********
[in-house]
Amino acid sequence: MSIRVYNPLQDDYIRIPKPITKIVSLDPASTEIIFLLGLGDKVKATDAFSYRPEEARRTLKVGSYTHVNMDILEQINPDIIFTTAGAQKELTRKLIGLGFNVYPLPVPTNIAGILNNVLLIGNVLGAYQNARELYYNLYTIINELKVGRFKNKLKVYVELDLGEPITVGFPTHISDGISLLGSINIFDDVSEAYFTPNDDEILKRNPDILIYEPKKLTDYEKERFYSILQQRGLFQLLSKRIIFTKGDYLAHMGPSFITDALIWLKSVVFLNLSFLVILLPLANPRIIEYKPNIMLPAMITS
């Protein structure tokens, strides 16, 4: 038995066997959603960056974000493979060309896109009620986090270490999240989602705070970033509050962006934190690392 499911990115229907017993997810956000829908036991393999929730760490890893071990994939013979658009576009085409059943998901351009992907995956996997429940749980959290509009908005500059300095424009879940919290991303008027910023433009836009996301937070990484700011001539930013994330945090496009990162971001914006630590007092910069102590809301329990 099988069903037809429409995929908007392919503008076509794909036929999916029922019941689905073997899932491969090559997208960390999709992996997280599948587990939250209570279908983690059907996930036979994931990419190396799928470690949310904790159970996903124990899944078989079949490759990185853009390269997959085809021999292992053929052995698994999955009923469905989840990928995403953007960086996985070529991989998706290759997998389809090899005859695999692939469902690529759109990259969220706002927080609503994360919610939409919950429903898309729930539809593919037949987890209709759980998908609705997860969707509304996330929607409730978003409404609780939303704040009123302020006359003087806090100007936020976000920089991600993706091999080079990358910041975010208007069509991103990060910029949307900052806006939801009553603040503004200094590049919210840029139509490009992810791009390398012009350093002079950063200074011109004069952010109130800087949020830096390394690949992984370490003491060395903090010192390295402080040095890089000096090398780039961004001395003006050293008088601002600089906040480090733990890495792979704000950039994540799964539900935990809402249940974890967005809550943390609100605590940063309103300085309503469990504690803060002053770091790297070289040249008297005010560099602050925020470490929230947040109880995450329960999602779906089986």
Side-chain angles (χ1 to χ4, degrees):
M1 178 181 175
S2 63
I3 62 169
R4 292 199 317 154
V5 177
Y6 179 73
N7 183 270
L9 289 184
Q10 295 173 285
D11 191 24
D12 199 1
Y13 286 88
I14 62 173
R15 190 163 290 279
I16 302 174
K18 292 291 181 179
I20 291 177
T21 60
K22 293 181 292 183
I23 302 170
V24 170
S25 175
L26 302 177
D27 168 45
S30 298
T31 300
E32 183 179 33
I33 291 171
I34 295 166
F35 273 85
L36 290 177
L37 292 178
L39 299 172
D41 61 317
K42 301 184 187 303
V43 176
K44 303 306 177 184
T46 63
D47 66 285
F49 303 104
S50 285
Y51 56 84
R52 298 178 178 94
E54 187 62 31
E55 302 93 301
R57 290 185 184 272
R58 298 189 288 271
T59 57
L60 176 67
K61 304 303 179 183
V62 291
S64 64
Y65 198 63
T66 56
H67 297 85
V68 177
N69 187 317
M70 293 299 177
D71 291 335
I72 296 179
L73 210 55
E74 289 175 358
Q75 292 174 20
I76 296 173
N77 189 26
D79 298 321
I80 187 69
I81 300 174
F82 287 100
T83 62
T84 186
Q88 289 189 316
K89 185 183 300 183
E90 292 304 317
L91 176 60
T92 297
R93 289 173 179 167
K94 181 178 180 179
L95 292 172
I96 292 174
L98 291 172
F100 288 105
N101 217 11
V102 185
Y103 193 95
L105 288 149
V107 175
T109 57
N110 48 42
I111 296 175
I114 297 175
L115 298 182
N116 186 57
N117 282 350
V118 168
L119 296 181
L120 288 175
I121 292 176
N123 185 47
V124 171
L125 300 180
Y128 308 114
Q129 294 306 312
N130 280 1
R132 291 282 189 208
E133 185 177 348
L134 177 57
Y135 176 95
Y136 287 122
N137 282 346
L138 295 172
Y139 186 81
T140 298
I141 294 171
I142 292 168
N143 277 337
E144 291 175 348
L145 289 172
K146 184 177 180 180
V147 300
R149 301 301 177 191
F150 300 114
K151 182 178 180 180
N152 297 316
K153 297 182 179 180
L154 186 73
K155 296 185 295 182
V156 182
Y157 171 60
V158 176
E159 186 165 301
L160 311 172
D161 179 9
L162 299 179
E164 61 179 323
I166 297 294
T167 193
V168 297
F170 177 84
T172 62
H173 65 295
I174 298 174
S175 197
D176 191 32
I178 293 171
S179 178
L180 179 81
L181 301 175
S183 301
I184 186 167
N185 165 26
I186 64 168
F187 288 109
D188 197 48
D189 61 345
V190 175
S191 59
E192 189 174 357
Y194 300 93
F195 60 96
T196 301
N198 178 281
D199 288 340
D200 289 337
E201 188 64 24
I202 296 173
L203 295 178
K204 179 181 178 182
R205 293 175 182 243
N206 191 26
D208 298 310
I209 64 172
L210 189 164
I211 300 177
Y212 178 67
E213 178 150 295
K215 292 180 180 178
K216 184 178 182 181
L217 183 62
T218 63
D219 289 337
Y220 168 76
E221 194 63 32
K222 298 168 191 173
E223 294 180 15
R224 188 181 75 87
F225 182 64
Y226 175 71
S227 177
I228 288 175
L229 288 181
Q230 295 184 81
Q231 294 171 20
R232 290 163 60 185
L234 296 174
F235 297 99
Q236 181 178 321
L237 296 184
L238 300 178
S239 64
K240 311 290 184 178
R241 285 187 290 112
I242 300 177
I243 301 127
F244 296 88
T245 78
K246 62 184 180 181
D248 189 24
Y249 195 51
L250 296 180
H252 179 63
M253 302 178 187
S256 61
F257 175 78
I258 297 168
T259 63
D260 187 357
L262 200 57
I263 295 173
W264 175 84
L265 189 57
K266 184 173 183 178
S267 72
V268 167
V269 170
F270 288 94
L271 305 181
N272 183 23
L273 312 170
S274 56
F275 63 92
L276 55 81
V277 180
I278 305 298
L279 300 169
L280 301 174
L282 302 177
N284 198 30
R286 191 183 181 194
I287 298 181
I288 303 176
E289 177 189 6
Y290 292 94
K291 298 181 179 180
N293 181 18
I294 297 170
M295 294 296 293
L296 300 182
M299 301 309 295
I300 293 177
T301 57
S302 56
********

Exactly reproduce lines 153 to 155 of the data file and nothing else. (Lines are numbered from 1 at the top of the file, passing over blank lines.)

S183 301
I184 186 167
N185 165 26